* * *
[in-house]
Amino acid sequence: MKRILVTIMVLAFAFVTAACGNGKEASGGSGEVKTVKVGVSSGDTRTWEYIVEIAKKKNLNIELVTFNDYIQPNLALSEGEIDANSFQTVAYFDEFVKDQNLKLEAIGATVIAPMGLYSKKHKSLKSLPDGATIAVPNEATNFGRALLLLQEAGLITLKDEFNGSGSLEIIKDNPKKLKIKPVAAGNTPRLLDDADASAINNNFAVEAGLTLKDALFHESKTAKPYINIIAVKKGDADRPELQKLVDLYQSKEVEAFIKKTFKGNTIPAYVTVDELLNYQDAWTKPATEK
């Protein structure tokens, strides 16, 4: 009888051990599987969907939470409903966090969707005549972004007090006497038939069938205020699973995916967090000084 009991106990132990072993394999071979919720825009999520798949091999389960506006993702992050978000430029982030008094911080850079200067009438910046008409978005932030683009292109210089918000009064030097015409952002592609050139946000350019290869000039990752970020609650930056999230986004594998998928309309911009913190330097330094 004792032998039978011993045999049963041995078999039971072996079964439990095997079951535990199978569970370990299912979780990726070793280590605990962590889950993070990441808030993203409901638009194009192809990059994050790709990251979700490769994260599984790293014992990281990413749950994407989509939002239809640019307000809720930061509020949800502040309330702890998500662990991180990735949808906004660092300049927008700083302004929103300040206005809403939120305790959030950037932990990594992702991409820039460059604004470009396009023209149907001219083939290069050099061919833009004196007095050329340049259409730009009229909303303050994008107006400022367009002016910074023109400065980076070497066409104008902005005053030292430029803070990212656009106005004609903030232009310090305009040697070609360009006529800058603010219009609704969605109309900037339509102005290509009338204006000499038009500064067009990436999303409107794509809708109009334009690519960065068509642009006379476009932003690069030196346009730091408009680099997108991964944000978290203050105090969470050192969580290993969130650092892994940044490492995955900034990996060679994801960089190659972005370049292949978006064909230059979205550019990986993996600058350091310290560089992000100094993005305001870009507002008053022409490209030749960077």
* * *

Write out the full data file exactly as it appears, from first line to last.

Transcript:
[in-house]
Amino acid sequence: MKRILVTIMVLAFAFVTAACGNGKEASGGSGEVKTVKVGVSSGDTRTWEYIVEIAKKKNLNIELVTFNDYIQPNLALSEGEIDANSFQTVAYFDEFVKDQNLKLEAIGATVIAPMGLYSKKHKSLKSLPDGATIAVPNEATNFGRALLLLQEAGLITLKDEFNGSGSLEIIKDNPKKLKIKPVAAGNTPRLLDDADASAINNNFAVEAGLTLKDALFHESKTAKPYINIIAVKKGDADRPELQKLVDLYQSKEVEAFIKKTFKGNTIPAYVTVDELLNYQDAWTKPATEK
């Protein structure tokens, strides 16, 4: 009888051990599987969907939470409903966090969707005549972004007090006497038939069938205020699973995916967090000084 009991106990132990072993394999071979919720825009999520798949091999389960506006993702992050978000430029982030008094911080850079200067009438910046008409978005932030683009292109210089918000009064030097015409952002592609050139946000350019290869000039990752970020609650930056999230986004594998998928309309911009913190330097330094 004792032998039978011993045999049963041995078999039971072996079964439990095997079951535990199978569970370990299912979780990726070793280590605990962590889950993070990441808030993203409901638009194009192809990059994050790709990251979700490769994260599984790293014992990281990413749950994407989509939002239809640019307000809720930061509020949800502040309330702890998500662990991180990735949808906004660092300049927008700083302004929103300040206005809403939120305790959030950037932990990594992702991409820039460059604004470009396009023209149907001219083939290069050099061919833009004196007095050329340049259409730009009229909303303050994008107006400022367009002016910074023109400065980076070497066409104008902005005053030292430029803070990212656009106005004609903030232009310090305009040697070609360009006529800058603010219009609704969605109309900037339509102005290509009338204006000499038009500064067009990436999303409107794509809708109009334009690519960065068509642009006379476009932003690069030196346009730091408009680099997108991964944000978290203050105090969470050192969580290993969130650092892994940044490492995955900034990996060679994801960089190659972005370049292949978006064909230059979205550019990986993996600058350091310290560089992000100094993005305001870009507002008053022409490209030749960077």